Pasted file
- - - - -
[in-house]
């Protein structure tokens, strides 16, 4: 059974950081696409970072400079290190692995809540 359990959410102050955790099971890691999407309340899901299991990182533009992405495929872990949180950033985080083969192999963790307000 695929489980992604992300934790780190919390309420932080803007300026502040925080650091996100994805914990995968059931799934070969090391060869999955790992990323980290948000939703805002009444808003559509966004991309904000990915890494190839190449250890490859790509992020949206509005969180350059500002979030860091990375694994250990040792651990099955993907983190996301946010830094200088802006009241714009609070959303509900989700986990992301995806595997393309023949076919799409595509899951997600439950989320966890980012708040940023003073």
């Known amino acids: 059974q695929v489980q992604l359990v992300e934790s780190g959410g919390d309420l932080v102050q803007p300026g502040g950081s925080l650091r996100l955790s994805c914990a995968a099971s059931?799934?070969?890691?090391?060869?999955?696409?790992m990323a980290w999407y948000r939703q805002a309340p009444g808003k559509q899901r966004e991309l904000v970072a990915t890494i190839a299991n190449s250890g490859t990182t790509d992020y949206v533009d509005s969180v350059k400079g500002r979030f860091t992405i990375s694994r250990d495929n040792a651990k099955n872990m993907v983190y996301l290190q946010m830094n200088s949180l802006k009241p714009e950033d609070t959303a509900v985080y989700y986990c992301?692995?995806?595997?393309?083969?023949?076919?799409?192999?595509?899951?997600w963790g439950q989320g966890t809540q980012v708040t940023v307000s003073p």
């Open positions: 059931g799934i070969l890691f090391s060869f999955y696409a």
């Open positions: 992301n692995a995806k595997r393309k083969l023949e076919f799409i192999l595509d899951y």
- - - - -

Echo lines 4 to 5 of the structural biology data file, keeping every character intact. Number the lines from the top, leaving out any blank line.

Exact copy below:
């Open positions: 059931g799934i070969l890691f090391s060869f999955y696409a």
């Open positions: 992301n692995a995806k595997r393309k083969l023949e076919f799409i192999l595509d899951y």